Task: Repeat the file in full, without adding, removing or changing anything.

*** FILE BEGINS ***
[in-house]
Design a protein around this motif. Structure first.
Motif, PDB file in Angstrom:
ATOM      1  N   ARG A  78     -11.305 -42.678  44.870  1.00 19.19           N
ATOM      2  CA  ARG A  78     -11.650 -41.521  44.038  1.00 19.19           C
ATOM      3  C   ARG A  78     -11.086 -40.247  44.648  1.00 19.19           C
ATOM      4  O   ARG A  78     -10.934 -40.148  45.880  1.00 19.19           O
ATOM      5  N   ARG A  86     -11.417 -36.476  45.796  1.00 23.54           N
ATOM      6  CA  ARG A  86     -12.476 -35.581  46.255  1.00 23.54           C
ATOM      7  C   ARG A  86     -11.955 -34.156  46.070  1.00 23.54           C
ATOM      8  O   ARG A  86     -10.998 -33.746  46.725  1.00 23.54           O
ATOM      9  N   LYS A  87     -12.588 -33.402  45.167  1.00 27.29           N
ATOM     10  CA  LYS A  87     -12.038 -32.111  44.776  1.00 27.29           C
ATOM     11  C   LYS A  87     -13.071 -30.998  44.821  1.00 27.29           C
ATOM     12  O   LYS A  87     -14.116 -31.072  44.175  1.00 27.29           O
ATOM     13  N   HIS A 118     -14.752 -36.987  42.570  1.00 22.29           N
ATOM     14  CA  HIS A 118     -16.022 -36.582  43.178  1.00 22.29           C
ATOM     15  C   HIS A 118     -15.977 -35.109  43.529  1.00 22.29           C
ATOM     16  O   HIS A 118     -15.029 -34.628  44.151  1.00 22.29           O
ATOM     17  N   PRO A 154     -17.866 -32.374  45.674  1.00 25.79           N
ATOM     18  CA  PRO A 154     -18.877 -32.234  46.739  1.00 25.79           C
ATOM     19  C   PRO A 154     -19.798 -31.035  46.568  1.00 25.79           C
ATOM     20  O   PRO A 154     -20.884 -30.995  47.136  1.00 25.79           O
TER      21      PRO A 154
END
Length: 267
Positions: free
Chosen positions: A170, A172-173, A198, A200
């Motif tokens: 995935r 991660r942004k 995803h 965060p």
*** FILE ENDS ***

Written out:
[in-house]
Design a protein around this motif. Structure first.
Motif, PDB file in Angstrom:
ATOM      1  N   ARG A  78     -11.305 -42.678  44.870  1.00 19.19           N
ATOM      2  CA  ARG A  78     -11.650 -41.521  44.038  1.00 19.19           C
ATOM      3  C   ARG A  78     -11.086 -40.247  44.648  1.00 19.19           C
ATOM      4  O   ARG A  78     -10.934 -40.148  45.880  1.00 19.19           O
ATOM      5  N   ARG A  86     -11.417 -36.476  45.796  1.00 23.54           N
ATOM      6  CA  ARG A  86     -12.476 -35.581  46.255  1.00 23.54           C
ATOM      7  C   ARG A  86     -11.955 -34.156  46.070  1.00 23.54           C
ATOM      8  O   ARG A  86     -10.998 -33.746  46.725  1.00 23.54           O
ATOM      9  N   LYS A  87     -12.588 -33.402  45.167  1.00 27.29           N
ATOM     10  CA  LYS A  87     -12.038 -32.111  44.776  1.00 27.29           C
ATOM     11  C   LYS A  87     -13.071 -30.998  44.821  1.00 27.29           C
ATOM     12  O   LYS A  87     -14.116 -31.072  44.175  1.00 27.29           O
ATOM     13  N   HIS A 118     -14.752 -36.987  42.570  1.00 22.29           N
ATOM     14  CA  HIS A 118     -16.022 -36.582  43.178  1.00 22.29           C
ATOM     15  C   HIS A 118     -15.977 -35.109  43.529  1.00 22.29           C
ATOM     16  O   HIS A 118     -15.029 -34.628  44.151  1.00 22.29           O
ATOM     17  N   PRO A 154     -17.866 -32.374  45.674  1.00 25.79           N
ATOM     18  CA  PRO A 154     -18.877 -32.234  46.739  1.00 25.79           C
ATOM     19  C   PRO A 154     -19.798 -31.035  46.568  1.00 25.79           C
ATOM     20  O   PRO A 154     -20.884 -30.995  47.136  1.00 25.79           O
TER      21      PRO A 154
END
Length: 267
Positions: free
Chosen positions: A170, A172-173, A198, A200
């Motif tokens: 995935r 991660r942004k 995803h 965060p």